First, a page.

By Dervilla Mullan - Chief Product Officer at NewsWhip

It’s hard to avoid talking about Artificial Intelligence in the modern workplace, with its potential and risks becoming a point of huge discussion. On the one hand, we hear of its ability to transform how we tackle broad societal challenges, from healthcare to the environment, with an efficiency and effectiveness we’ve never had before. On the other, there exists a mix of fear and concerns - including at the top levels of government, who have been quizzing “AI experts about when the machines will take over”.

 

In the PR space, the topic of AI is treated with justified skepticism. The idea of a general PR AI assistant remains far away, and some of the Natural Language Processing and AI technologies that have arrived to date have over-promised and under-delivered. They are marketed with the right buzzwords, but they employ opaque methodologies. They often deliver unreliable results that, although they might look good on a dashboard, are hard to action, such as sentiment analysis.

 

We think the future opportunity is for AI to improve the effectiveness of PR professionals by providing them with new, complementary intelligence. In the words of Joi Ito, Director of MIT’s Media Lab, “Instead of thinking about machine intelligence in terms of humans vs machines, we should consider the system that integrates humans and machines – not artificial intelligence but extended intelligence.”

 

In line with this philosophy, the product team at NewsWhip believes the future, at least in the near term, is about extended intelligence, as opposed to the singular definition of artificial intelligence, where machines take control and take humans out of the loop. Hence we focus on the individual decisions that PR professionals need to make, and on how we can facilitate and enhance those decisions.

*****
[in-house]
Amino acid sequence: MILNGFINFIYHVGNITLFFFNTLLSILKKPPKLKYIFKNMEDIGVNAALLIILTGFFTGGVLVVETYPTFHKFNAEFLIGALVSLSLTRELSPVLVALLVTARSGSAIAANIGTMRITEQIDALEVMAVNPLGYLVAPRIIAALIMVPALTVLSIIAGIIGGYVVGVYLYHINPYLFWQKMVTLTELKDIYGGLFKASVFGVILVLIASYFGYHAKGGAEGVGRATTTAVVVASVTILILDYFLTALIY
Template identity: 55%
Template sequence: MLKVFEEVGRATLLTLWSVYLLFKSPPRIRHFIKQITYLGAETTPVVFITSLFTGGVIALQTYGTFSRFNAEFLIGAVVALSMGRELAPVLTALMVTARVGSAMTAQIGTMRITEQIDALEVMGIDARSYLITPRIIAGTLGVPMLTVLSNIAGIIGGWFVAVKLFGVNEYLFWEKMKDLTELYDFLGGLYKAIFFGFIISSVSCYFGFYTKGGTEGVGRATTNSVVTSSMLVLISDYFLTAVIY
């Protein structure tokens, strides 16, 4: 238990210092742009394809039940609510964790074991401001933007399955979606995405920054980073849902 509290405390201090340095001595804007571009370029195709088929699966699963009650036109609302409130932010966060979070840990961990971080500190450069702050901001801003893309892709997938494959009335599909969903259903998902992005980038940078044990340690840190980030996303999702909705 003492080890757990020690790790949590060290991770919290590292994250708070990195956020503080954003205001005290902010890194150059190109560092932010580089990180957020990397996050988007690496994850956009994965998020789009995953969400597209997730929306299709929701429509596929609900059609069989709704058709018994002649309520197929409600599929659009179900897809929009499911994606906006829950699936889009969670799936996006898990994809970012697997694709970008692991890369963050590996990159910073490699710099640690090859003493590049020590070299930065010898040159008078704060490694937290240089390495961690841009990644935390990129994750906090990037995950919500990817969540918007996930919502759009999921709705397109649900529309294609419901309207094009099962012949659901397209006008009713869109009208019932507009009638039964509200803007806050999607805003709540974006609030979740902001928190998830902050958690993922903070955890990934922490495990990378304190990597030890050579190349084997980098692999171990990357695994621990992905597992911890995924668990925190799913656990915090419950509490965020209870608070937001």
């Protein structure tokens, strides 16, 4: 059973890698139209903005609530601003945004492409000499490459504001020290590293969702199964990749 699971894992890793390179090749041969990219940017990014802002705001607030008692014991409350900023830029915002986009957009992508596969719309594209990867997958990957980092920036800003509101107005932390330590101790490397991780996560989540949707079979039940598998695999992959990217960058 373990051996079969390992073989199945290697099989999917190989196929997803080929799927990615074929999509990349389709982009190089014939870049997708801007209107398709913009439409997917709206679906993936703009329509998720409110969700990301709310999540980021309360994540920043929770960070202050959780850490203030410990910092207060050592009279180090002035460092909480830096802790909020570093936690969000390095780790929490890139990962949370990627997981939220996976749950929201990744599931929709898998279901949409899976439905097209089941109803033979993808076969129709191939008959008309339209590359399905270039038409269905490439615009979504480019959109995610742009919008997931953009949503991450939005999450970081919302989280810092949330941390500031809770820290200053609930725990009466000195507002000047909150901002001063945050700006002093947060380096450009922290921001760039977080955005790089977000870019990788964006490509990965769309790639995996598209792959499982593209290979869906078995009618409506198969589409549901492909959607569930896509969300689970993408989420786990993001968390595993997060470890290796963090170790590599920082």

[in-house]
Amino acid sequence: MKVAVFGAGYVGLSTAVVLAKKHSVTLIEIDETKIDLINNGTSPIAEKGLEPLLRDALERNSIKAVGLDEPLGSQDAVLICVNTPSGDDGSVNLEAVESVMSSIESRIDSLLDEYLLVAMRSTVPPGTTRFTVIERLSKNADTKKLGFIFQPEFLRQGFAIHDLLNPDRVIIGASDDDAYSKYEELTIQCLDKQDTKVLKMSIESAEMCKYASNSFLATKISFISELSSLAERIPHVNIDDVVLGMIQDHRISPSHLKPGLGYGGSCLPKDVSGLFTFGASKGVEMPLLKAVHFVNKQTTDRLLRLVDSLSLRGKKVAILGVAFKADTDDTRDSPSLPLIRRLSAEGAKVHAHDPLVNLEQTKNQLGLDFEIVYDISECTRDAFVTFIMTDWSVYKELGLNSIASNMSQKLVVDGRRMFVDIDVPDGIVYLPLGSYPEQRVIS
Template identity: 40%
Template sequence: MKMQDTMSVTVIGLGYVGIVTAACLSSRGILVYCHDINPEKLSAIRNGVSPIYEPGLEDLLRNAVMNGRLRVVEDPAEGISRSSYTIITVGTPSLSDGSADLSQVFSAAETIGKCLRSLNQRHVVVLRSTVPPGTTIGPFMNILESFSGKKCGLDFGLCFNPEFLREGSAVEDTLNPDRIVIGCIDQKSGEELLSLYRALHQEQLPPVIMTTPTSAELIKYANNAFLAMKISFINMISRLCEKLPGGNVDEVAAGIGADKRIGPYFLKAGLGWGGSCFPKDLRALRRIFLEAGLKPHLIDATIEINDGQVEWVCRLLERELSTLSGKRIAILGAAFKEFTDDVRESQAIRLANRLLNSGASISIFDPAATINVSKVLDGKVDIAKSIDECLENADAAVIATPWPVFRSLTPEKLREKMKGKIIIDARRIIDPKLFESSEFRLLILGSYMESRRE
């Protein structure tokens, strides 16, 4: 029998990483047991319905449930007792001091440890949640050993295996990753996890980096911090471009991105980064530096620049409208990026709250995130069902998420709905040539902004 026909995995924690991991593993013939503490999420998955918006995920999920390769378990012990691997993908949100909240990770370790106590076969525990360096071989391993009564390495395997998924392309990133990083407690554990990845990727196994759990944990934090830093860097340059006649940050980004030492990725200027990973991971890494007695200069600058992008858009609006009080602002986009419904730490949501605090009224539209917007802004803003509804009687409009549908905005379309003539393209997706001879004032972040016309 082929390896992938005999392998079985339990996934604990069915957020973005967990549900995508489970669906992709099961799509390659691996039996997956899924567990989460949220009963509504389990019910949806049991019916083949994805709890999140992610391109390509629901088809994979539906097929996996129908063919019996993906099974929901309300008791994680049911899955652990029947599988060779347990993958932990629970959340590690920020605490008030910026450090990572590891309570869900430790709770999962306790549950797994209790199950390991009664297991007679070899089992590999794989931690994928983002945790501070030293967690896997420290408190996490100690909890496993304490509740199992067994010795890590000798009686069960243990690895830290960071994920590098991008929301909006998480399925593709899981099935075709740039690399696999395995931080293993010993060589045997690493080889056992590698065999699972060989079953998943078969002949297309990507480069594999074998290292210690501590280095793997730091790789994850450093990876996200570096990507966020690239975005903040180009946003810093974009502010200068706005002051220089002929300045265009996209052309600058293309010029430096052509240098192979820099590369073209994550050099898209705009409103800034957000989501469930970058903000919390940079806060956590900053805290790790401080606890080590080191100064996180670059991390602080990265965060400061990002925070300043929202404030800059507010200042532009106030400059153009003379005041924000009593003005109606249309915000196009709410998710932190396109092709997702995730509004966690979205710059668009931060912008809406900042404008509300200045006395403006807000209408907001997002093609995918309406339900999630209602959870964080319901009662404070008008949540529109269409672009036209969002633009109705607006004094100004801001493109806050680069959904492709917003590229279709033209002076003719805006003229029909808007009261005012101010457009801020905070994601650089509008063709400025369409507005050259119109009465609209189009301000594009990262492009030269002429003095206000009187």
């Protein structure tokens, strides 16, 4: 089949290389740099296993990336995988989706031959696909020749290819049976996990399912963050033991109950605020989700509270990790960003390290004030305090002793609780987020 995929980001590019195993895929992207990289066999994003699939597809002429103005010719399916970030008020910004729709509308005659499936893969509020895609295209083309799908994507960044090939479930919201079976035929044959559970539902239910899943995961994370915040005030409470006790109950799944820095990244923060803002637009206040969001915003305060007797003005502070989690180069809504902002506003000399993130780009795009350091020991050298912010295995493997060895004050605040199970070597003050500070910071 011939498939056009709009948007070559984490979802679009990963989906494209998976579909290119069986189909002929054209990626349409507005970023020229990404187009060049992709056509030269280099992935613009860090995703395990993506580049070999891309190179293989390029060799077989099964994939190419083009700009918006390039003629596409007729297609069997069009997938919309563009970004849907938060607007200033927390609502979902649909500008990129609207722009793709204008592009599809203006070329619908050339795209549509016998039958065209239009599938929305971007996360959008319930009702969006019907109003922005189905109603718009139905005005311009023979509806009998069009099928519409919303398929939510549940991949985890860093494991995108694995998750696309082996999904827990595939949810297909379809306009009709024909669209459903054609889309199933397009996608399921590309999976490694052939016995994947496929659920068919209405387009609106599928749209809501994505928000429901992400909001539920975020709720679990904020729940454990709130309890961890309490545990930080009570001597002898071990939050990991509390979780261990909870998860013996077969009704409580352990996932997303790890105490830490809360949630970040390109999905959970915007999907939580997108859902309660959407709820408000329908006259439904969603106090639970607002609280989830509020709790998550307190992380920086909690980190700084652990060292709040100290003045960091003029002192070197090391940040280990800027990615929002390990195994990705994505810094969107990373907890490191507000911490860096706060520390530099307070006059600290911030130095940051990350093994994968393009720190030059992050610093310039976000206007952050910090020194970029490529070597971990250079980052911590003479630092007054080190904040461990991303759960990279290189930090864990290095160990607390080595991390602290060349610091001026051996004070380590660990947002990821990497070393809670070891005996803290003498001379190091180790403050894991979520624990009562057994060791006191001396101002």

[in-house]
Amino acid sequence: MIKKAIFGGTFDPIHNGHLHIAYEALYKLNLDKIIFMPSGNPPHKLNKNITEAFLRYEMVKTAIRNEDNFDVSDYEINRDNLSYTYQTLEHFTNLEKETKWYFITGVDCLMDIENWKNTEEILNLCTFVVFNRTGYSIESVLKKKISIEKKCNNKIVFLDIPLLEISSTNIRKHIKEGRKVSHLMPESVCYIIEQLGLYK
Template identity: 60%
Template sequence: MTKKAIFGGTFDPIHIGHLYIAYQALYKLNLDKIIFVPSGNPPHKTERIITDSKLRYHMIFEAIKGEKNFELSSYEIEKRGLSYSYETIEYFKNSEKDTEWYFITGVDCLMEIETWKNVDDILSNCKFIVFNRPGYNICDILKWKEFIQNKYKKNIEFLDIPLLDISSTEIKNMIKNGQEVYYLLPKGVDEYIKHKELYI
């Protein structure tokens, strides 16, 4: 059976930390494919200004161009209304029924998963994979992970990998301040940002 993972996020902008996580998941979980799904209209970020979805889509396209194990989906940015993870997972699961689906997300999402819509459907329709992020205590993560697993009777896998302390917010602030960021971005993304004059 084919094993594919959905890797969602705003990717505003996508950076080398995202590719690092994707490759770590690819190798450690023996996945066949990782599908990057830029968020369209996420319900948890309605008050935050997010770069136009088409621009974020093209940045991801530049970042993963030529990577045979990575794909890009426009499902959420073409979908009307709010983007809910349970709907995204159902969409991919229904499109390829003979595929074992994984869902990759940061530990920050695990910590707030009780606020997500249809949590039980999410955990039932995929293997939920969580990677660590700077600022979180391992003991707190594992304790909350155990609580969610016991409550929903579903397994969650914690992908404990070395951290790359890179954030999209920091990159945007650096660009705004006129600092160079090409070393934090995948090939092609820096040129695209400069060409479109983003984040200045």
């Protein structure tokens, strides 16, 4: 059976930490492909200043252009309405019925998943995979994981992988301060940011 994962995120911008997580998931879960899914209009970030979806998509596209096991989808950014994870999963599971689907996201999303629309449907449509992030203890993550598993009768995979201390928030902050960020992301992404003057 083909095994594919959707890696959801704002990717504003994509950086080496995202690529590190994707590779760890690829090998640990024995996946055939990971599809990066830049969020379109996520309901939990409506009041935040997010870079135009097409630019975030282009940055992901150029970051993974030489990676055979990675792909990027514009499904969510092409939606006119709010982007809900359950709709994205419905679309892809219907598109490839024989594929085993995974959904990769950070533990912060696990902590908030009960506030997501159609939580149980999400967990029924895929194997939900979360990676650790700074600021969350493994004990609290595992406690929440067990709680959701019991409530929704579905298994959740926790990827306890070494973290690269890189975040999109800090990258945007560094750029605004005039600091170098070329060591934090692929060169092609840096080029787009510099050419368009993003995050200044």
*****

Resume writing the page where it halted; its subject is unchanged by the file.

Our predictive signals show what’s happening in the world outside. We can make suggestions and outline what’s likely to happen, but we can’t dictate the next move. Here’s a real-world example of that. If one of your clients is experiencing a crisis, our technology can tell you how big that story will become in the coming hours. That allows you to shape the right strategy in response. There’s no replacing human ingenuity and expertise when it comes to that part.

 

Any predictive and AI technology must at its core make life easier for PR professionals. Brands need the time and attention of smart communicators now more than ever. We want to facilitate their smart work by freeing up time, and using AI to make tasks such as research or competitive analysis more efficient.

 

In order for it to be truly successful, predictive and AI technology must be based on real-time, real-world, highly granular data. You can’t make big predictions on thin datasets, and overpromising with models trained on small datasets has already led to skepticism of outputs. Of course, our users do not want to blindly accept a signal without understanding why they are receiving it, nor would we want that. We always facilitate and encourage our users to drill into the data behind our predictions to see what they are based on.

 

So, while the opportunity for extended intelligence is vast, it’s early days in the journey. Data is wonderful, but data for data’s sake can muddy the waters and make things more difficult for everyone involved, That’s why if we feel that if the data or models are not of sufficient accuracy to positively inform our users’ judgement, we don’t push ahead. We deliver intelligence incrementally, without assuming machine learning is the answer.

 

This approach is already helping our clients, such as Brunswick, to get ahead, and we believe the future potential for extended intelligence is vast.

 

Returning to the society questions about AI: our view is to reframe this analysis around how machine-based, scalable learning can enhance how we succeed, rather than one of machines and people fighting for supremacy. This allows us to see the potential to harness it more responsibly and find our place in this new world, and to create a more complementary relationship that will serve us into the future.